When Teens Don’t Drive Safely, Toyota’s Clever App Plays Their Parents’ Embarrassing Music

Fun initiative to promote better habits behind the wheel

74% of parents are more concerned about their kids getting into a car accident than drugs or crime. Toyota Europe
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Here’s a sure-fire way to get teen drivers to stay safe behind the wheel: Threaten to embarrass them by playing mom and dad’s favorite tunes.
That’s the idea behind Toyota’s new app from Saatchi & Saatchi London that basically functions as a teen’s virtual parent while they’re driving. First, both a parent and teen download the Safe and Sound app, which is available on all Android devices in Europe.
When a teen asks to borrow a parent’s car, parents click a button and the app pulls in Google Maps API to track how fast the driver is going. After it senses that the vehicle is moving faster than 9 mph, it automatically flips into ‘do not disturb’ mode that blocks all incoming calls and social media notifications.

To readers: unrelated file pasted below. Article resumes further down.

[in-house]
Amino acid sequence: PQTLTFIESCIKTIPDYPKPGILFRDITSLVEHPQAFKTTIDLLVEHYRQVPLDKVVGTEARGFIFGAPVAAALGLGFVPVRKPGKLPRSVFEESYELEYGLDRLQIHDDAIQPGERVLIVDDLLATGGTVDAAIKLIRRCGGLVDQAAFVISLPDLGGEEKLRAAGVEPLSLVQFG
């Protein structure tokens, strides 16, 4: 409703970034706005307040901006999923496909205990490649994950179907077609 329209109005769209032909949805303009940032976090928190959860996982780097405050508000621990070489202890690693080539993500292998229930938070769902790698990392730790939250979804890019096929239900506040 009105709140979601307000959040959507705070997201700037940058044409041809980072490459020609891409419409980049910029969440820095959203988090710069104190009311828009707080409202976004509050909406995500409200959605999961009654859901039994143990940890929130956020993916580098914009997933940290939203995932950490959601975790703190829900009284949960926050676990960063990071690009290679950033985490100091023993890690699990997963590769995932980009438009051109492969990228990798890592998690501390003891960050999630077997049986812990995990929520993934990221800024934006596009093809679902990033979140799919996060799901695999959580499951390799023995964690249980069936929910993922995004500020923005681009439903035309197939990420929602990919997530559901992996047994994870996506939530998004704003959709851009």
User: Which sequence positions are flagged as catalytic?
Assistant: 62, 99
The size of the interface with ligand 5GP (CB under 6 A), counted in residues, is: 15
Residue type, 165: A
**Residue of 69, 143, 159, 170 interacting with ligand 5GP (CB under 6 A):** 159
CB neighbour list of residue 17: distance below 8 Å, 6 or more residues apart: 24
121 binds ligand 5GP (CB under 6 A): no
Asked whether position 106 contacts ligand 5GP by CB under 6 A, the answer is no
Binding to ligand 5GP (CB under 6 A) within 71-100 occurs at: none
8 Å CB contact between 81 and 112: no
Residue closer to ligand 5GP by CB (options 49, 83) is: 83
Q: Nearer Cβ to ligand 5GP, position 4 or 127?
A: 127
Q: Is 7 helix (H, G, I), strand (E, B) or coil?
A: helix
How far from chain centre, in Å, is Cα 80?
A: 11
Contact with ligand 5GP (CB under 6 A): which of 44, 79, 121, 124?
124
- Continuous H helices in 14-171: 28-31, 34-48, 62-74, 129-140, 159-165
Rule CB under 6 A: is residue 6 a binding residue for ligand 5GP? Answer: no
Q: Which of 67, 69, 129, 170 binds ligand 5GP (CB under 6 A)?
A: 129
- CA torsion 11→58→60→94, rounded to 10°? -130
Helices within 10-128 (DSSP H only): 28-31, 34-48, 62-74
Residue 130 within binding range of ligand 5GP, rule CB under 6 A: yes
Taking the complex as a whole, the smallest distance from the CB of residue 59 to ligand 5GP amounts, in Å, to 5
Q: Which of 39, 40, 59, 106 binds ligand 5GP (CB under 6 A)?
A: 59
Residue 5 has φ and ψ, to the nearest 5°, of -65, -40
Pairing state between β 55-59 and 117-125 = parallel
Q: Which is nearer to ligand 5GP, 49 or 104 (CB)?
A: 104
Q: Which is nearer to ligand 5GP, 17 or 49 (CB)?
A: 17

The app also plugs into Spotify to link up a parent’s and child’s playlists. If the driver tries to touch the phone or speeds while listening to Spotify, the app begins to play the parent’s playlist on Spotify, which the agency expects will include some embarrassing music from artists who kids may find dated like say, Milli Vanilli. “There’s nothing teenagers fear more than being seen as uncool,” says Saatchi & Saatchi London in a statement.
Once the teenager takes his or her hand off the phone or slows down, the driver’s own playlist will resume playing. The app sends the parent and child a message at the end of the drive containing a summary of the trip.
In addition to being funny, the app doubles as a source of relief for parents nervous about their children. According to the agency, 74 percent of parents are more concerned about their kids getting into a car accident than drugs or crime.
“We have a safety-first approach globally and it is our mission to one day eliminate all road accidents,” said Dario Giustini, senior manager of brand and communication at Toyota Europe in a statement. “Because we truly believe in safety as a company, we decided to actually do something about it.”

@laurenjohnson lauren.johnson@adweek.com Lauren Johnson is a senior technology editor for Adweek, where she specializes in covering mobile, social platforms and emerging tech.